Prime Minister Justin Trudeau rallied nervous Liberal MPs to fight the blowback from small business and medical professionals over the government's proposed tax reforms, but suggested he is open to minor adjustments in the face of mounting criticism.
In his opening remarks on Wednesday at the party's two-day caucus retreat in Kelowna, B.C., Mr. Trudeau was unapologetic about his government's proposal to close what it calls tax loopholes that benefit the wealthy, casting the measure as an issue of fairness.
But he also signalled his government is open to suggestions of "tweaks" from Liberal MPs who have been inundated with complaints from doctors and small business owners over the proposed changes.
"I want to be clear: people who make $50,000 a year should not pay higher taxes than people who make $250,000 a year," Mr. Trudeau told his MPs.
"We are always open to better ways to fix that problem, but we are going to fix that problem."
The Liberal government is facing significant pushback from small-business owners and the medical community, many of whom were previously encouraged to incorporate, as well as the Conservatives, who claim the measures will have a devastating impact on the economy. Those proposals include restricting income "sprinkling," which would reduce the total amount of tax the family pays, to adult children; limiting a business owner's ability to convert income into capital gains; and restricting the use of private corporations as a vehicle for making passive investments.
The government announced the proposed changes in July along with a 75-day consultation period, which ends on Oct. 2.
Dr. Gigi Osler, the incoming president of the Canadian Medical Association, said the changes will significantly impact female doctors, who she said make up two-thirds of family physicians under the age of 35. Dr. Osler said female doctors often delay having children to pursue their medical practices and save for maternity leave using the tax measures, such as passive earnings.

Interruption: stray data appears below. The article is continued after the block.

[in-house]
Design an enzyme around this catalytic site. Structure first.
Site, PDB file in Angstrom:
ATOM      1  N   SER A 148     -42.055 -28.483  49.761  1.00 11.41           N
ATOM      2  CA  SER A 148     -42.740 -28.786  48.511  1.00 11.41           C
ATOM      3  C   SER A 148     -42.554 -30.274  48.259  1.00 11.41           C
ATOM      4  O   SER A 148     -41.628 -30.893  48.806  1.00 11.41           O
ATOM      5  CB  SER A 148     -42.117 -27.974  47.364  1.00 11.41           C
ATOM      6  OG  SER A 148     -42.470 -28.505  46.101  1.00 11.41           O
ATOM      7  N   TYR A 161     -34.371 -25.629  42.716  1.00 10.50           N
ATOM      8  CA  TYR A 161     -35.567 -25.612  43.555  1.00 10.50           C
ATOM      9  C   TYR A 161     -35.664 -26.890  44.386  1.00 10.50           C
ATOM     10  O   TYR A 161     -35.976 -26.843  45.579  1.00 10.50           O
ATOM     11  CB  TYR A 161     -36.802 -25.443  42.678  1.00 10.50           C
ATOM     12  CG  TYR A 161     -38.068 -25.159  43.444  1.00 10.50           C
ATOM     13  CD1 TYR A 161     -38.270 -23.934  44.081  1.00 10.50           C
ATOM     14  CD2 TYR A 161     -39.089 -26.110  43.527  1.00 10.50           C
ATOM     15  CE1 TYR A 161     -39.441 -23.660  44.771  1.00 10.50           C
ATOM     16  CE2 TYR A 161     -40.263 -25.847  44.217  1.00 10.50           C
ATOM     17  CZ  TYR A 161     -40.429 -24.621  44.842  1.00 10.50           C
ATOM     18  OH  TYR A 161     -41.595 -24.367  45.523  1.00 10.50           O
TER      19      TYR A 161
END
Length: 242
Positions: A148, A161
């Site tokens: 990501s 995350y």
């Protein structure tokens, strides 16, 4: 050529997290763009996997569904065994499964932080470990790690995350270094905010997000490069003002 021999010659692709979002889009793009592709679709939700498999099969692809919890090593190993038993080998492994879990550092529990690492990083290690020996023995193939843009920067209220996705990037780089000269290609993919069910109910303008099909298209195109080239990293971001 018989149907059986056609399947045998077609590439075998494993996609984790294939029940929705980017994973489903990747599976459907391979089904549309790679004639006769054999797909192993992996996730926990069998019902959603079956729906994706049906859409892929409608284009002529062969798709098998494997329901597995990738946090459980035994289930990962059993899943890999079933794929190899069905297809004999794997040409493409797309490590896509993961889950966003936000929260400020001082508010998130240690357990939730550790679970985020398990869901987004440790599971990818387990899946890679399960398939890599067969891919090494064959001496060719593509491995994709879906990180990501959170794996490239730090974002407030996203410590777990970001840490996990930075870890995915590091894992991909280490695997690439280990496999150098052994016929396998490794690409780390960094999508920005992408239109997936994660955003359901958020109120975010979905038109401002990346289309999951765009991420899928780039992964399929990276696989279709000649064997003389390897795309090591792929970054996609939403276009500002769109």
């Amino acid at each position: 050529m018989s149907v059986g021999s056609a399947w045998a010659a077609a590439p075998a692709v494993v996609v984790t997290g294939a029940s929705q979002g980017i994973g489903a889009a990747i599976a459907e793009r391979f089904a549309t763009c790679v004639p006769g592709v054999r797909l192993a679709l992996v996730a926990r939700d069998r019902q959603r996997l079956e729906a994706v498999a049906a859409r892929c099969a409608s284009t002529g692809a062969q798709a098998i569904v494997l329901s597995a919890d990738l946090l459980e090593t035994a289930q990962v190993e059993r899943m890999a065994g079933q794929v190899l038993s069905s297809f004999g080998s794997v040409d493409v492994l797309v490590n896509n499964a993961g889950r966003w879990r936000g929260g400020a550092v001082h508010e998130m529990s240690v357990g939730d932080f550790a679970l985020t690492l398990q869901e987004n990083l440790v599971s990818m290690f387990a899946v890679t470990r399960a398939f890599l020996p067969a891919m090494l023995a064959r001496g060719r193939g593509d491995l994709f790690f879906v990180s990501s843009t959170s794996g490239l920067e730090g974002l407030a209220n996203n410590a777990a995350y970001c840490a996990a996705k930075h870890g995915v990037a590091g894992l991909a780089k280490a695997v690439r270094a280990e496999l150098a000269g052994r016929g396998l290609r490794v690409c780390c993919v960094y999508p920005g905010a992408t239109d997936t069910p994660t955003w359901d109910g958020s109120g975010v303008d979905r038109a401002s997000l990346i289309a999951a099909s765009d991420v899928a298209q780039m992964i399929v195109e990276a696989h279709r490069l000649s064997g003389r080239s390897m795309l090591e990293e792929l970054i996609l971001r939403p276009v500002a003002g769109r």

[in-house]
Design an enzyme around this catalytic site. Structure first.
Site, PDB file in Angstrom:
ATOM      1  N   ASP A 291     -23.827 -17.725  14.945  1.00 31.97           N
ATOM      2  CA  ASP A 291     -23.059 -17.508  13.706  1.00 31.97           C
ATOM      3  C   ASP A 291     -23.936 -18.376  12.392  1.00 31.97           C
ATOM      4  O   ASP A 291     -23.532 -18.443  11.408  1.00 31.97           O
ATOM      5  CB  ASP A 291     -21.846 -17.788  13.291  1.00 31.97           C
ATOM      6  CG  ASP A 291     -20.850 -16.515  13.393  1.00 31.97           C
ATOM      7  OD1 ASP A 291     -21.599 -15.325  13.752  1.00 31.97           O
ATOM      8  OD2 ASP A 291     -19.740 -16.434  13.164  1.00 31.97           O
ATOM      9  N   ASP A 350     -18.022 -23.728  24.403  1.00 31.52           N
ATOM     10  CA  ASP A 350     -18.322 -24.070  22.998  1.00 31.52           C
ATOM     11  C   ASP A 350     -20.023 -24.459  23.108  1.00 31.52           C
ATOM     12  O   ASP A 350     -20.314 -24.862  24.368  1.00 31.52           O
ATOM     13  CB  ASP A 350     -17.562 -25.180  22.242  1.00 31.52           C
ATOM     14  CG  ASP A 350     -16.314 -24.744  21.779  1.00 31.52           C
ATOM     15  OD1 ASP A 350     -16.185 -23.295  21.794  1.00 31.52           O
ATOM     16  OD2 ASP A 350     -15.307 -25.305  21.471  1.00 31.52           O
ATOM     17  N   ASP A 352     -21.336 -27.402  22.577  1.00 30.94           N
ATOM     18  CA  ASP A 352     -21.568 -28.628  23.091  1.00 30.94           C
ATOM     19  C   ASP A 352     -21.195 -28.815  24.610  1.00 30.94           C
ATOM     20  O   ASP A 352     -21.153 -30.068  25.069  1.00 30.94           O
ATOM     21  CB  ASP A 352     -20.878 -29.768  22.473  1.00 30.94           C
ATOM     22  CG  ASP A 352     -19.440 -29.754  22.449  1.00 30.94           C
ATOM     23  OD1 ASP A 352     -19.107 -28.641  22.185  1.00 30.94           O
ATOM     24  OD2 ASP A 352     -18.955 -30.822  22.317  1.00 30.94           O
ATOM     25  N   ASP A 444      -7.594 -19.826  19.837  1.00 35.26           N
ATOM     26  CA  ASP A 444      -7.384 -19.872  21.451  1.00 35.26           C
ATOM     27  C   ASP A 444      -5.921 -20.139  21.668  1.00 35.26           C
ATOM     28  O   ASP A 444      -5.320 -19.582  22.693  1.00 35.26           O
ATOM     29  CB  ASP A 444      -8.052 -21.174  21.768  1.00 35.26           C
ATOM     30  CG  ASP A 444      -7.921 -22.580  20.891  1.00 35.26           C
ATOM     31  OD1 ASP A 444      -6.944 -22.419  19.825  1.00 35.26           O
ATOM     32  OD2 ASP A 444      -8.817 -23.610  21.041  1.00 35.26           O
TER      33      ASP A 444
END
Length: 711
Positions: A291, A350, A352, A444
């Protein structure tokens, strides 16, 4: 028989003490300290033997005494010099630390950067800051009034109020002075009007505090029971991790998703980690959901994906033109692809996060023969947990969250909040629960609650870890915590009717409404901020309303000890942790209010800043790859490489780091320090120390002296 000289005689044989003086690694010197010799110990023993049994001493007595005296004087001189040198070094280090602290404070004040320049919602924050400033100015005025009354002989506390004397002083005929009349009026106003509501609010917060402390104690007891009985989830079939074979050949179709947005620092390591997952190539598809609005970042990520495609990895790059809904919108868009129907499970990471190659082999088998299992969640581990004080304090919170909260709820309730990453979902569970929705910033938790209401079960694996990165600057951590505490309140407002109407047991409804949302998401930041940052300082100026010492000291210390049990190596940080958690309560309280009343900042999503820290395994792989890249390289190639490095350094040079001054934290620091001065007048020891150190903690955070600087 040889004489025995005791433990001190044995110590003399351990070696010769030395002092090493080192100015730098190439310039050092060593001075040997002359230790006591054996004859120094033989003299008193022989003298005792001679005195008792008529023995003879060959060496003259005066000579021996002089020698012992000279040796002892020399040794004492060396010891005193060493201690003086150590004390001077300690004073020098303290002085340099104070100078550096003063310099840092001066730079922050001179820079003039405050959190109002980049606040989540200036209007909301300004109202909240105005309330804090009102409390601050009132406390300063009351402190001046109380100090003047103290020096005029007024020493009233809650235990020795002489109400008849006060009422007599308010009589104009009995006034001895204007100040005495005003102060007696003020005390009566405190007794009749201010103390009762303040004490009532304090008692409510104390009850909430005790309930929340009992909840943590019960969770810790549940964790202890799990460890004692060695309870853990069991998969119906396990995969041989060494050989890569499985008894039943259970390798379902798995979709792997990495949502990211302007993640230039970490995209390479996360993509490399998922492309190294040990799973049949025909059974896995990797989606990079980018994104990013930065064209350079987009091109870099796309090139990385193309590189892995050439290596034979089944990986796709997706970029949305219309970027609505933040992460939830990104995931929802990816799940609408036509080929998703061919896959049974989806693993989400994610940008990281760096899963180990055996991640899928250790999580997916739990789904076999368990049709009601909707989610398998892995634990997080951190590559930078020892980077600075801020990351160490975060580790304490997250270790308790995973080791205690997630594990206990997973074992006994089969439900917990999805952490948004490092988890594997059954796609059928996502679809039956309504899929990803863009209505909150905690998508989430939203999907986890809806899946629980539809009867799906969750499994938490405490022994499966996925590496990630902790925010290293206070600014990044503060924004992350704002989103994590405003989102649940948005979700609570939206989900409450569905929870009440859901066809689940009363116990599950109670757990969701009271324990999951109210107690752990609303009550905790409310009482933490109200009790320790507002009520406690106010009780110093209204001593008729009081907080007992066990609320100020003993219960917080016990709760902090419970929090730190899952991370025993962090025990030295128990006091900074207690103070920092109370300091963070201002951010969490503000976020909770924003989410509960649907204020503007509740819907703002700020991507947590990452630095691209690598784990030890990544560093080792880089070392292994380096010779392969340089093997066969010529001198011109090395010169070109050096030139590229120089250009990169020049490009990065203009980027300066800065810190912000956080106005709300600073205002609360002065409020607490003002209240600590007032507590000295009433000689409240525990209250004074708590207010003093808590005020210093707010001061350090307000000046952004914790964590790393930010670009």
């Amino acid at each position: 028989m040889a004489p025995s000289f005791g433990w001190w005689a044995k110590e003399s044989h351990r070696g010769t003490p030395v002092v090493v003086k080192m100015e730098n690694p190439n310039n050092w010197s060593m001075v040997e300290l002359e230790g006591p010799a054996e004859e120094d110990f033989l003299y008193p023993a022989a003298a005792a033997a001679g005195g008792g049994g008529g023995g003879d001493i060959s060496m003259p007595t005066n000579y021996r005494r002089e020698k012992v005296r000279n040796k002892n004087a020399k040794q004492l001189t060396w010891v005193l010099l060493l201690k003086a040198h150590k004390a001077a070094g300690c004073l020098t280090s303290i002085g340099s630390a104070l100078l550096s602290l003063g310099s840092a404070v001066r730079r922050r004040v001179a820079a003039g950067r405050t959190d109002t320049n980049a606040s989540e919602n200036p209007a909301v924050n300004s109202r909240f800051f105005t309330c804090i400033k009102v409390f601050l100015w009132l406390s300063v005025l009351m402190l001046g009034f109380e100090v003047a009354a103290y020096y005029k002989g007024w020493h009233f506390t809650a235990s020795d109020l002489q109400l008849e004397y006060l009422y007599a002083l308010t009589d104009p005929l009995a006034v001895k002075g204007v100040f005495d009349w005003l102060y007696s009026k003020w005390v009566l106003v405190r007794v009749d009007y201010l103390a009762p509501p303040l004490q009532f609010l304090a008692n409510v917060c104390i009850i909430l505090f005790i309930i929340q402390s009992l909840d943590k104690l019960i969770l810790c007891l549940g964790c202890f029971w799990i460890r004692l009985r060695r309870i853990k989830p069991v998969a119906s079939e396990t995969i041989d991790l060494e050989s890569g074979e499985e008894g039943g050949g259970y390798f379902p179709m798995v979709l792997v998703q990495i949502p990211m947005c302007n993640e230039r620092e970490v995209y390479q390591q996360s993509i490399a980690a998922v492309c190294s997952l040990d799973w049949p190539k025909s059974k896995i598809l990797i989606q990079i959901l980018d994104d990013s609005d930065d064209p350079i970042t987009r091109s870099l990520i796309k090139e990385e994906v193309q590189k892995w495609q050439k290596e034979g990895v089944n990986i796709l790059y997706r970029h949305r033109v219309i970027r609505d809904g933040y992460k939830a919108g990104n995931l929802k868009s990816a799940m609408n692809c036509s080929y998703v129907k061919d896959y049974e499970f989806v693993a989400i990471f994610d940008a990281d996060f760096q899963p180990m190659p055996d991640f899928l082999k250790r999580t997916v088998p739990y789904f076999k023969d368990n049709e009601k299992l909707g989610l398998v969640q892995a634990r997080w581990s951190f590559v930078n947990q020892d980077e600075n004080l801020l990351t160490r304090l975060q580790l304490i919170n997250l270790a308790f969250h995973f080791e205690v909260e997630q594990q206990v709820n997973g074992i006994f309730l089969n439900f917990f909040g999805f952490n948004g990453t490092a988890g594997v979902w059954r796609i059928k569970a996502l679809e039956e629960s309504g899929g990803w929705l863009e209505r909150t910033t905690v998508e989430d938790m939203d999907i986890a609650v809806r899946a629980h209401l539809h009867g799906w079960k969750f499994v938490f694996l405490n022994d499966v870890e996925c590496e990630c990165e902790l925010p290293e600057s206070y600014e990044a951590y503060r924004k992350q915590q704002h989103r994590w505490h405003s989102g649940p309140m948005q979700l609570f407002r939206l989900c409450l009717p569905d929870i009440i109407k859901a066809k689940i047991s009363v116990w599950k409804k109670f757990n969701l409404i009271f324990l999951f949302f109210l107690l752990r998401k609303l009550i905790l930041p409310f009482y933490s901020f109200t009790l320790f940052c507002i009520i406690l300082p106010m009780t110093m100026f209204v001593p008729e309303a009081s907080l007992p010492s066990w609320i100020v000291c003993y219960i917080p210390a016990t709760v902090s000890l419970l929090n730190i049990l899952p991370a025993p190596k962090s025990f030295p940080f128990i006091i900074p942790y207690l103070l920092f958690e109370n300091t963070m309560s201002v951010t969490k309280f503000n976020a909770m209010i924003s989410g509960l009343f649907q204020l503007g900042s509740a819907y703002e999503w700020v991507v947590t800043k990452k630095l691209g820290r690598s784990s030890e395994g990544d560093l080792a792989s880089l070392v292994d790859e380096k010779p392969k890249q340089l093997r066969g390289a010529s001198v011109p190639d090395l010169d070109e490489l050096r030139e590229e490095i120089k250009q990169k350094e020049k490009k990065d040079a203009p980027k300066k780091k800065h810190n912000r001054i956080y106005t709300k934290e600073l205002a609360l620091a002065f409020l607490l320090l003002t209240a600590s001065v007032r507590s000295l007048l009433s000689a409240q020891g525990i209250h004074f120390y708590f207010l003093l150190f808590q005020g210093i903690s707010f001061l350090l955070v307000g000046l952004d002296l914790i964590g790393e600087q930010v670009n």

"[Women] are looking at these proposed changes and wondering 'how am I going to run my practice, and pay for my expenses and pay my salaries, and afford a mat leave,'" Dr. Osler said.
"What we're hearing is that women – and not just women doctors – will be unfairly disadvantaged."
Finance Minister Bill Morneau told reporters on Wednesday that the government will consider changes brought up during consultations with various groups, including its own caucus, but appeared unwavering on the essence of the proposal. He is also planning to tour the country in the coming weeks with Small Business Minister Bardish Chagger in an effort to explain the government's plans.
"We will certainly hear places where we need to make changes to the proposals in order to make sure that we obtain our objective, which is to make sure our system is effective, that we deal with some tax advantages that aren't available to all Canadians," he said.
He added that the government wants to ensure the measures don't negatively impact women.
"We will look at the proposals to make sure that they don't have unintended consequences," he said. "In terms of women professionals, nothing in our proposals will present a problem for women to continue to save within their corporation."
Dr. Jane Philpott, a family doctor and Minister of Indigenous Services, said the changes won't impact, for instance, a doctor's ability to claim as a business expense the hiring of someone else to cover their practice while on parental leave.
The Canadian Nurses Association, on the other hand, said it agreed with Mr. Morneau's proposal to even the playing field in the medical community.
"CNA supports the proposed changes to the federal tax code which reasonably strengthen the rules on increasingly-popular but potentially unfair tax advantages for incorporated high income earners," president Barb Shellian said in a statement on Facebook.
Liberal MPs acknowledge the issue has taken up a lot of airtime in their ridings this summer.
Manitoba MP Doug Eyolfson, a former doctor whose wife still practices medicine, said he believes doctors are paying their "fair share" already, but doesn't think the measures specifically target the medical profession.
"We need to do a better job in getting the message out as to what we want to accomplish," he told reporters.